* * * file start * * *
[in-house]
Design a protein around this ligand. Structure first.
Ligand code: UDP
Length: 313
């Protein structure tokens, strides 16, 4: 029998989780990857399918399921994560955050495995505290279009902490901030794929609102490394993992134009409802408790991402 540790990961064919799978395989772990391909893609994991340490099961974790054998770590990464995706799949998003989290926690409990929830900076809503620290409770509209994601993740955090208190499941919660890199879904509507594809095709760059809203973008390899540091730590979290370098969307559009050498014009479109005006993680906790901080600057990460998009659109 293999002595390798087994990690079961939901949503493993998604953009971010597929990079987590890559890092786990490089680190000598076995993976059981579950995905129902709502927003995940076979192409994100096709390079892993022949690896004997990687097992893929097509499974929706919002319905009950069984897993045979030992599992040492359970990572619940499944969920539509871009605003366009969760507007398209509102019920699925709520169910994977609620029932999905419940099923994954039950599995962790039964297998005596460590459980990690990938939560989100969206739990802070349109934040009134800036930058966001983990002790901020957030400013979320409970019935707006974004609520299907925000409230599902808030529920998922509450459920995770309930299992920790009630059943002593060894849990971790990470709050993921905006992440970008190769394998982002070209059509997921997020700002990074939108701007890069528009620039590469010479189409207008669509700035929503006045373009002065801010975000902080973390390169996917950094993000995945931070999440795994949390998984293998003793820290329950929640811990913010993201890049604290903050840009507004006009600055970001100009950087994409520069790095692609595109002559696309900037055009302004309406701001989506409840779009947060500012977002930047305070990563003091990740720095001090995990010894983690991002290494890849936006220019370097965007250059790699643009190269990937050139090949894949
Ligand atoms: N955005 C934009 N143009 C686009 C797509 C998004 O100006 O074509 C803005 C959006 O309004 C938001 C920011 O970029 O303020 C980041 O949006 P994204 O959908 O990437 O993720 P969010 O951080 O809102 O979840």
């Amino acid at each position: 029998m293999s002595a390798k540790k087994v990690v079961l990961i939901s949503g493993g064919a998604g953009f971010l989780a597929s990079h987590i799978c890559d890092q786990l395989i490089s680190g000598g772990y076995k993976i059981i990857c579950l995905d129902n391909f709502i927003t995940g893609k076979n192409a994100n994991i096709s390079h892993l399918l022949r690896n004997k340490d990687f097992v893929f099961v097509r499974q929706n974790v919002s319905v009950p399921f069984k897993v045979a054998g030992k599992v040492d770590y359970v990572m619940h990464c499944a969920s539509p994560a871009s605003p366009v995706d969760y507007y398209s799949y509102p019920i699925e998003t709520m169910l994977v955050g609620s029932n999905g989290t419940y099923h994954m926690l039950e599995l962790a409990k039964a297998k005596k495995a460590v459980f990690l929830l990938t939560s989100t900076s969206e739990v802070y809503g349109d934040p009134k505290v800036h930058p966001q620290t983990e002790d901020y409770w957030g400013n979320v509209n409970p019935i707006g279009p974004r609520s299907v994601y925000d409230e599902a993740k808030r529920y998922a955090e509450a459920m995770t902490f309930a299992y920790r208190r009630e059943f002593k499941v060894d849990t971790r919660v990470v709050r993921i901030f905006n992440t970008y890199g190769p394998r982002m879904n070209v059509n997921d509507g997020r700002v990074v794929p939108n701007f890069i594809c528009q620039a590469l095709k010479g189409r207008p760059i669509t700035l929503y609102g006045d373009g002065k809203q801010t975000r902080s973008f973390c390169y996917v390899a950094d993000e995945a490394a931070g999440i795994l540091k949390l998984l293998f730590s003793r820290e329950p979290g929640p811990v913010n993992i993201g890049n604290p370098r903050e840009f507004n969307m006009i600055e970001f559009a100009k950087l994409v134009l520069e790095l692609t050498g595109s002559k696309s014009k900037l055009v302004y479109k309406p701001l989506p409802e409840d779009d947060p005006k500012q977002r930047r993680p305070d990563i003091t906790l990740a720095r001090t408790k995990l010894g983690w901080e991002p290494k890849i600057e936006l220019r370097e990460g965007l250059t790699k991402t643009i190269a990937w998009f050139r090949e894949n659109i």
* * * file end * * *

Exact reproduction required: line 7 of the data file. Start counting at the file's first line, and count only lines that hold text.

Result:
């Amino acid at each position: 029998m293999s002595a390798k540790k087994v990690v079961l990961i939901s949503g493993g064919a998604g953009f971010l989780a597929s990079h987590i799978c890559d890092q786990l395989i490089s680190g000598g772990y076995k993976i059981i990857c579950l995905d129902n391909f709502i927003t995940g893609k076979n192409a994100n994991i096709s390079h892993l399918l022949r690896n004997k340490d990687f097992v893929f099961v097509r499974q929706n974790v919002s319905v009950p399921f069984k897993v045979a054998g030992k599992v040492d770590y359970v990572m619940h990464c499944a969920s539509p994560a871009s605003p366009v995706d969760y507007y398209s799949y509102p019920i699925e998003t709520m169910l994977v955050g609620s029932n999905g989290t419940y099923h994954m926690l039950e599995l962790a409990k039964a297998k005596k495995a460590v459980f990690l929830l990938t939560s989100t900076s969206e739990v802070y809503g349109d934040p009134k505290v800036h930058p966001q620290t983990e002790d901020y409770w957030g400013n979320v509209n409970p019935i707006g279009p974004r609520s299907v994601y925000d409230e599902a993740k808030r529920y998922a955090e509450a459920m995770t902490f309930a299992y920790r208190r009630e059943f002593k499941v060894d849990t971790r919660v990470v709050r993921i901030f905006n992440t970008y890199g190769p394998r982002m879904n070209v059509n997921d509507g997020r700002v990074v794929p939108n701007f890069i594809c528009q620039a590469l095709k010479g189409r207008p760059i669509t700035l929503y609102g006045d373009g002065k809203q801010t975000r902080s973008f973390c390169y996917v390899a950094d993000e995945a490394a931070g999440i795994l540091k949390l998984l293998f730590s003793r820290e329950p979290g929640p811990v913010n993992i993201g890049n604290p370098r903050e840009f507004n969307m006009i600055e970001f559009a100009k950087l994409v134009l520069e790095l692609t050498g595109s002559k696309s014009k900037l055009v302004y479109k309406p701001l989506p409802e409840d779009d947060p005006k500012q977002r930047r993680p305070d990563i003091t906790l990740a720095r001090t408790k995990l010894g983690w901080e991002p290494k890849i600057e936006l220019r370097e990460g965007l250059t790699k991402t643009i190269a990937w998009f050139r090949e894949n659109i």